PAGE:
When in doubt about the reputation of a journal, it's best to contact other researchers in your field to gauge their knowledge. Don't be too quick to choose a journal for your work; and remember to research publishers thoroughly before committing. That way you can be sure you're not taken in by these disreputable publishers.
(Editor's note: Beall's list has since been discontinued. It does, though, still exist in an archived form, and remains a useful resource)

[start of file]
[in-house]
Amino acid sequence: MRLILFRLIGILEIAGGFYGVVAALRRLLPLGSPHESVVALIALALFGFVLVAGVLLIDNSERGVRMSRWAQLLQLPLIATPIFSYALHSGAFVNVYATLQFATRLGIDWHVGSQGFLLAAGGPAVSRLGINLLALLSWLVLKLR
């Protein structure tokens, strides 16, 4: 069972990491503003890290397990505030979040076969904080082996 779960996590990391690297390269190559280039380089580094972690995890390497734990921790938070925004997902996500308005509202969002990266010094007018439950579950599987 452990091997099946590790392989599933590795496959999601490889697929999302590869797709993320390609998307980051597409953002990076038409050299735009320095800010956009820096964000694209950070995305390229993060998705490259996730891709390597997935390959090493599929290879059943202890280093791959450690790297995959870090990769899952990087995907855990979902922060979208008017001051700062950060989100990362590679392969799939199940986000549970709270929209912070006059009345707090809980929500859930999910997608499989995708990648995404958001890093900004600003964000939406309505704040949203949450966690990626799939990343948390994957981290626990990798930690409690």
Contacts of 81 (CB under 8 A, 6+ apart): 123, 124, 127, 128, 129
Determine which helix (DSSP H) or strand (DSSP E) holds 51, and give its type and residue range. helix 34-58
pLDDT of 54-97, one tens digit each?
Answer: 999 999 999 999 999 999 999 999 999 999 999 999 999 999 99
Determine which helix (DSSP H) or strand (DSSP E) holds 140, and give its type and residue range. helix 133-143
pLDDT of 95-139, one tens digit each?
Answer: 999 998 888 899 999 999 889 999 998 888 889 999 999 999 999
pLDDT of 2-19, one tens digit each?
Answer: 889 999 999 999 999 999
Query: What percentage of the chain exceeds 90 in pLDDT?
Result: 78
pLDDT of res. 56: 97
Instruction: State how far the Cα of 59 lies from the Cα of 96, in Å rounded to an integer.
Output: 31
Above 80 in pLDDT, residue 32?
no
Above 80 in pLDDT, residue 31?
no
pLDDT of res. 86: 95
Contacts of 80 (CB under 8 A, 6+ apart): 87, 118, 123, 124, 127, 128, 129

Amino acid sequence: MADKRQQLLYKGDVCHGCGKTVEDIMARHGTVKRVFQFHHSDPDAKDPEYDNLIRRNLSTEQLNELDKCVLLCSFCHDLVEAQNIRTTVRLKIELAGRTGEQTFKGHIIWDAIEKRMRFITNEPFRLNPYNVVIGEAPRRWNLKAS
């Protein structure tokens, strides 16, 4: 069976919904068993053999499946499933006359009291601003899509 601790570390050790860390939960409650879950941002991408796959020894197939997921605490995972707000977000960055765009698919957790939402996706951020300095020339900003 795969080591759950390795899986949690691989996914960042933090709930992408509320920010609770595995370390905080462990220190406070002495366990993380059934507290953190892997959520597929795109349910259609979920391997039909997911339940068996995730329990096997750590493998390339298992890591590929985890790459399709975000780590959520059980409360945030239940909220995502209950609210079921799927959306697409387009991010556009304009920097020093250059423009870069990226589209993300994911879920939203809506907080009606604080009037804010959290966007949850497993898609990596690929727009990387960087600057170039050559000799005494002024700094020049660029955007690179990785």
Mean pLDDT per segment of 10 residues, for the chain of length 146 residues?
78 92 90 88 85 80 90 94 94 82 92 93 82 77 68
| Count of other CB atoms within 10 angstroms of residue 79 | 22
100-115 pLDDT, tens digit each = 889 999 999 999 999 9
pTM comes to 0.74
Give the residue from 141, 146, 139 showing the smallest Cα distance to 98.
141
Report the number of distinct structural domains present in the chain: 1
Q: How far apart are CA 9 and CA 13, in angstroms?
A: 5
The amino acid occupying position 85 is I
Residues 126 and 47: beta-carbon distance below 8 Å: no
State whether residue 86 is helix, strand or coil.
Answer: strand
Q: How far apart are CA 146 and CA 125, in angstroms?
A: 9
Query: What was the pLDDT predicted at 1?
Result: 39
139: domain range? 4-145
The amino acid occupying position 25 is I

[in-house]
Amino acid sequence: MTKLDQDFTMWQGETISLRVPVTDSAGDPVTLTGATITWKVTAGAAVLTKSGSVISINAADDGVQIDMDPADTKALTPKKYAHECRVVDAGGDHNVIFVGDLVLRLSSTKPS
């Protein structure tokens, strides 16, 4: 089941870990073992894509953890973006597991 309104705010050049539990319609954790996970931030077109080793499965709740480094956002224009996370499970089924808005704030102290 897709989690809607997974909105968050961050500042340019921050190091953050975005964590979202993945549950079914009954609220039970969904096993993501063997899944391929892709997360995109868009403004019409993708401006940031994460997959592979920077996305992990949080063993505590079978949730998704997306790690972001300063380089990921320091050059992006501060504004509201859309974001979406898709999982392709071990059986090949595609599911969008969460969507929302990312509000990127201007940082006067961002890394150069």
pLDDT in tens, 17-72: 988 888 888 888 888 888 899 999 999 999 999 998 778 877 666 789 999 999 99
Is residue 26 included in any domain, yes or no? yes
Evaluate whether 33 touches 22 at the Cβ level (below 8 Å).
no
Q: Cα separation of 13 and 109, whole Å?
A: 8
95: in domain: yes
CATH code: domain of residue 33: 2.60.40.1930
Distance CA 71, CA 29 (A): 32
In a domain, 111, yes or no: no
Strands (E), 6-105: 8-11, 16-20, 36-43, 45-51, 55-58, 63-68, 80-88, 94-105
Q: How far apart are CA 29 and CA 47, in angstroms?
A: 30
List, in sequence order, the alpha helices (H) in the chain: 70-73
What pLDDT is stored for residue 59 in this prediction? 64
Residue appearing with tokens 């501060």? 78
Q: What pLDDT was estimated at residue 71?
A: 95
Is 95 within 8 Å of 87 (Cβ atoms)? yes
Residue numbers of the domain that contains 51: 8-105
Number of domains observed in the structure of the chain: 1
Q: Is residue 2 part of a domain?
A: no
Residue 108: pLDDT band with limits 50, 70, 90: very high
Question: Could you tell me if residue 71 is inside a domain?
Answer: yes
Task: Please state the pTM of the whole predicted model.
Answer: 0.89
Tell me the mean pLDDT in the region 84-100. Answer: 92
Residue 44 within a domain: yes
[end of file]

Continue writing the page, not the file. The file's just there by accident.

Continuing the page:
Top Blog Posts to Read:
- Preparing for Your Conference
5 Books You Should Read Before a Conference
Networking is one of the most important parts of a conference, but lots of people find it hard to engage with other people. At conferences it's even more difficult: you're talking with so many people, many of whom are successful businesspeople or established academics. But a good way to contend with this is to be well-read. There are some specific books you can pick up which can help you specifically with speaking publicly and networking. Read on for our list of aforementioned books.